It has been claimed that the “NFT for Britain” promised by the current Prime Minister of the United Kingdom, Rishi Sunak, while he was chancellor, is still going to be implemented, even though the digital crypto artwork market is facing a collapse.
Despite being six months late and with no updates on the project, insiders have indicated that Mr. Sunak’s NFT plan has not been scrapped – even though he is now Prime Minister, according to a report by inews on October 27.
Non-fungible tokens, also known as NFTs, are digital representations of works of art that use blockchain technology. In April, while Mr. Sunak was still acting as chancellor, he announced that the Treasury would be jumping on the then-popular NFT trend, which saw a number of corporations and celebrities produce collections of crypto-art.
At the time of the announcement, the Treasury said Sunak had “asked the Royal Mint to create an NFT” that would be issued by the summer to “show the forward-looking approach we are determined to take towards crypto assets in the UK.”
Royal Mint to continue to develop the NFT range
The responsibility for creating the NFT continues to rest with the Royal Mint, who told inews it is “continuing to develop our first NFT range” but did not elaborate on what that would look like. A spokesperson for the company stated, “we will share further details in due course.”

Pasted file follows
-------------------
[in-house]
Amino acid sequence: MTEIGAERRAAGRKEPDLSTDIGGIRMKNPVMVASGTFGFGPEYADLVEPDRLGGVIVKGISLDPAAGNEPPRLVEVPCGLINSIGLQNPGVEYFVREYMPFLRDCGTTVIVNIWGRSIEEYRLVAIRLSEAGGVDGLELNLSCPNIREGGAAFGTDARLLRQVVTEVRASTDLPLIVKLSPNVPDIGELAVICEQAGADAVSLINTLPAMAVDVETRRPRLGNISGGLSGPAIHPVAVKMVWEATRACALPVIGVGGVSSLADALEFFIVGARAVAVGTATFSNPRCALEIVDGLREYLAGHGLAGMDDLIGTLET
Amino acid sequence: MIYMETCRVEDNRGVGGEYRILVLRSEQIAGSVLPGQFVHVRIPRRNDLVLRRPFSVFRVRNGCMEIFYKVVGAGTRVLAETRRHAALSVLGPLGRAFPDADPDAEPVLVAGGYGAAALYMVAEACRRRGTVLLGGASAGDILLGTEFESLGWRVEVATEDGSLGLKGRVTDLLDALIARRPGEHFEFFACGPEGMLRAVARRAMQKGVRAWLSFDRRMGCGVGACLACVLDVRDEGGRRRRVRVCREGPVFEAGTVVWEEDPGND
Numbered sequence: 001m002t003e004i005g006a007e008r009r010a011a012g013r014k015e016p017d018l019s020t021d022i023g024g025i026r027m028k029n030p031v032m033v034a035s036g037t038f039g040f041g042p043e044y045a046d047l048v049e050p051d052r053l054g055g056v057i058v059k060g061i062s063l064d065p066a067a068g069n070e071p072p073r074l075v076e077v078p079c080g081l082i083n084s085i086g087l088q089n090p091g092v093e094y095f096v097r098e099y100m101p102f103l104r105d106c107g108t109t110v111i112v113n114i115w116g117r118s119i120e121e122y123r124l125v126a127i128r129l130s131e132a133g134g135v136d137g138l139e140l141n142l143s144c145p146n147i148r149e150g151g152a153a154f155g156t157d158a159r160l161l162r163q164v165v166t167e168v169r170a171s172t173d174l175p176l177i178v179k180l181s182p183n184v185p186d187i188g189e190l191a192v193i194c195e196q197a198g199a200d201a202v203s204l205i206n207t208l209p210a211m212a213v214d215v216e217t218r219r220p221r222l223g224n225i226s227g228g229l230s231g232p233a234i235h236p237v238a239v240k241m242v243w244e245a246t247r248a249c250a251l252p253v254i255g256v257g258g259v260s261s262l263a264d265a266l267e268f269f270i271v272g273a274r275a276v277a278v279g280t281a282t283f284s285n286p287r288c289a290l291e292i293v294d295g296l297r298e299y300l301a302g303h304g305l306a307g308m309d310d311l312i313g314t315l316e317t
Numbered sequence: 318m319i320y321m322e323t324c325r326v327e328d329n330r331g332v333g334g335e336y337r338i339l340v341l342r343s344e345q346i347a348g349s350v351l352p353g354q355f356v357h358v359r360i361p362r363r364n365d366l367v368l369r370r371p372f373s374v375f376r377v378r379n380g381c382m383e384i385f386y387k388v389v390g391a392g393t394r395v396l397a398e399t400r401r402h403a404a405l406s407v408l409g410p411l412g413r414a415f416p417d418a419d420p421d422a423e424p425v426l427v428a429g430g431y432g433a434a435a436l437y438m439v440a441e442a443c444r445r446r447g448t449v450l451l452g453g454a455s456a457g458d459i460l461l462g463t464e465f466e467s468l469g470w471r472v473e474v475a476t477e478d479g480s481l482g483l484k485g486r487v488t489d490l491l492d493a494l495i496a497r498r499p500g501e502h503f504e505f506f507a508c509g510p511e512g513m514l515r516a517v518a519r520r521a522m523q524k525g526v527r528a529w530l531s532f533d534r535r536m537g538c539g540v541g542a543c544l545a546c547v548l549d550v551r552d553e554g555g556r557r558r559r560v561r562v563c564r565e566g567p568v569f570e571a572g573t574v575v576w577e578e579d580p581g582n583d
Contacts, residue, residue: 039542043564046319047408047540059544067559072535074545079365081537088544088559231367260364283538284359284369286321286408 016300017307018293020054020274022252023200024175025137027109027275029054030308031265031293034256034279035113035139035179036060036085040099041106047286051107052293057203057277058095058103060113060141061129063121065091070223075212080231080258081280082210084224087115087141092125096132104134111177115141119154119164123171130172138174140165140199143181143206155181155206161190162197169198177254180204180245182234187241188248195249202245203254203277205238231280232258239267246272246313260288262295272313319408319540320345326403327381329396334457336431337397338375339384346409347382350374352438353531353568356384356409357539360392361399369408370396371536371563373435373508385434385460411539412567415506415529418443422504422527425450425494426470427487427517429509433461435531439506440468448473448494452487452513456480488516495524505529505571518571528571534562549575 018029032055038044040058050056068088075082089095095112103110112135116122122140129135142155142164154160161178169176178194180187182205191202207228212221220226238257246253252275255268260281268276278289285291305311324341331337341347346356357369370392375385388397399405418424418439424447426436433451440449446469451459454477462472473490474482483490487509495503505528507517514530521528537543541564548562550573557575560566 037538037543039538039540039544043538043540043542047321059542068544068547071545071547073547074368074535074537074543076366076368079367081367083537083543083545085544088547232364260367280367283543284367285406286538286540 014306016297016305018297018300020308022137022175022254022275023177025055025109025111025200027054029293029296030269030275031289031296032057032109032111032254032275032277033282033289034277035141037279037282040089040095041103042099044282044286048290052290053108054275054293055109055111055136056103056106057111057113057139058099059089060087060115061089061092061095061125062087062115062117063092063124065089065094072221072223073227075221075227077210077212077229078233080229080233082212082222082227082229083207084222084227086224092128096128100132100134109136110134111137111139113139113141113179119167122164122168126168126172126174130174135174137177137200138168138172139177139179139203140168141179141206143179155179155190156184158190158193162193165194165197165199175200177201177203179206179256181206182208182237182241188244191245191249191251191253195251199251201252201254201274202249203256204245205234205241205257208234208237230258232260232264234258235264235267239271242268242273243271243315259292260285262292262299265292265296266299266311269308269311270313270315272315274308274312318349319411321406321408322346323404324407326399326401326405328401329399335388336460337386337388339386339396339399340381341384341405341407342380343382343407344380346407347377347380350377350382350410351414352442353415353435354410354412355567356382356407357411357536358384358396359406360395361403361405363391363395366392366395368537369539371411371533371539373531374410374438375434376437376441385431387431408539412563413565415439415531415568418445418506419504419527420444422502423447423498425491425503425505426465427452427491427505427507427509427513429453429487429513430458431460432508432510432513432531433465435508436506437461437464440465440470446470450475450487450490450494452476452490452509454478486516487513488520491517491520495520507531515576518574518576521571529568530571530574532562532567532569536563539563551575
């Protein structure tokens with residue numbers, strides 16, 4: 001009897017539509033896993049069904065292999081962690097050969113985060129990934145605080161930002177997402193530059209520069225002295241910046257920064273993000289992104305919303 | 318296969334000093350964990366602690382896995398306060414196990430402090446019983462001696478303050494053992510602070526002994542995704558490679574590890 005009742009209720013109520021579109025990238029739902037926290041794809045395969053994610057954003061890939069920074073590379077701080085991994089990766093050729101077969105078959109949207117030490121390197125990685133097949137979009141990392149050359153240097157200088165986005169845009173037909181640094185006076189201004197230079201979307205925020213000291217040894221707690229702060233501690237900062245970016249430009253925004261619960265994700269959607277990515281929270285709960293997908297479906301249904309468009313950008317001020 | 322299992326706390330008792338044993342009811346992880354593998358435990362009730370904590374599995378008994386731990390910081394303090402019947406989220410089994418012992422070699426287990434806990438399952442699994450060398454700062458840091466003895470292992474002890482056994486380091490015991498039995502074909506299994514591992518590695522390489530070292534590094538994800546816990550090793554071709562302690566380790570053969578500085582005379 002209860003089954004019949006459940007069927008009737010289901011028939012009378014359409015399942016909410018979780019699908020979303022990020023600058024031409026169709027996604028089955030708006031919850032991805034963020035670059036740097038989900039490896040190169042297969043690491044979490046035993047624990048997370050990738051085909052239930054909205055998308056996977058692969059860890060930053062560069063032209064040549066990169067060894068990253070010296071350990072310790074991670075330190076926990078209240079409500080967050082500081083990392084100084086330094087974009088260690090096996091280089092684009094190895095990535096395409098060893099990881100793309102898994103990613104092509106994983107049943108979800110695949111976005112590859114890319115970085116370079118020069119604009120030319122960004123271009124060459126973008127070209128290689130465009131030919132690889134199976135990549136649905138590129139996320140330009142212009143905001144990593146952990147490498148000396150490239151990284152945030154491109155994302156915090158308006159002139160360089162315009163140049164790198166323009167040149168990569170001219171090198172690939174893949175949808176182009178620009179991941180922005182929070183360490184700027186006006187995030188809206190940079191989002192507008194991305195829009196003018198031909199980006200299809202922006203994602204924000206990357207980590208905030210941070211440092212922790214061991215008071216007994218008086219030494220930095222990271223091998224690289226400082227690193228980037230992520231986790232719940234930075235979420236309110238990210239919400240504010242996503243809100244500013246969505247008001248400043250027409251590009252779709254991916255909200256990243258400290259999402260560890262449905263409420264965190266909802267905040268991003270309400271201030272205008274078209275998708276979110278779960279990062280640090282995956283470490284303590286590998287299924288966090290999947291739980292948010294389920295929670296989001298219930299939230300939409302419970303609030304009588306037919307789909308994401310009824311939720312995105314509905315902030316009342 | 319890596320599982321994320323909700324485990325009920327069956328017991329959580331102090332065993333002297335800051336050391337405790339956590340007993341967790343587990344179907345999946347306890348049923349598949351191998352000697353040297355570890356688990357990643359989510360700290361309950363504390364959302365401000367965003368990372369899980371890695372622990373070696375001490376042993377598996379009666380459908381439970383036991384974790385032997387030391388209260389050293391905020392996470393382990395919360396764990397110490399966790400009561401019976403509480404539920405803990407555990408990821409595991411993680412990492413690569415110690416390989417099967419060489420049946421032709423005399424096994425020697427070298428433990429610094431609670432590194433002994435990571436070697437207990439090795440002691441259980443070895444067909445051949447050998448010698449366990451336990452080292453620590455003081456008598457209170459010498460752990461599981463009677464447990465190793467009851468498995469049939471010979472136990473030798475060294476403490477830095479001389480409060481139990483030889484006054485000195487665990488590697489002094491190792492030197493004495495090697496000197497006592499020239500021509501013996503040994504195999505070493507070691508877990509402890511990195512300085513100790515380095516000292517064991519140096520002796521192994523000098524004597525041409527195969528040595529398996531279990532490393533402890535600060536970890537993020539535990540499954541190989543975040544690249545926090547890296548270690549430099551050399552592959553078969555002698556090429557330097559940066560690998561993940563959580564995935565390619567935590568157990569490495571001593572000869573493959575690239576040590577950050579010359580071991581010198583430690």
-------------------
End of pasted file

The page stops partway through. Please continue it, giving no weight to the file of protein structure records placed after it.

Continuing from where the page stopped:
The Treasury Department has refused to comment on the current state of the NFT project, but sources have said that the project has not been quietly shelved and that it is, in fact, still in development. It is expected that the Royal Mint would be paying for the project’s costs “entirely out of its own revenues.”
Notably, Finbold reported NFT monthly trading volume declined for the fifth straight month in September, crashing 97% since its peak. Meanwhile, the sales of NFTs on OpenSea – the largest marketplace for digital collectibles – plummeted in the third quarter of 2022, 60% down compared to the second quarter. At the end of August, it was also revealed that NFT trading volume on OpenSea dropped to a 1-year low.
While Mr. Sunak, who has ties to Silicon Valley, argued that the United Kingdom could become “a worldwide powerhouse for crypto-asset technology,” opponents of the idea, such as the shadow chancellor Rachel Reeves, described the initiative as a vanity project he was working on.
Sunak’s stance on crypto
At a conference for the financial sector in 2021, Mr. Sunak said that he had established a task team to investigate the prospect of introducing a new kind of digital currency – a central bank digital currency (CBDC) given the name “Britcoin.” Its value, in contrast to that of cryptocurrencies, would not fluctuate and would instead be fixed relative to the value of the pound sterling.
The Bank of England has said that it is still “looking at whether we should create a CBDC for the UK in the future” and will conduct a consultation over the project “later in 2022.”
Meanwhile, the Financial Services and Markets Bill, which is now being debated in parliament, has many provisions designed to bring crypto assets within the jurisdiction of regulatory authorities.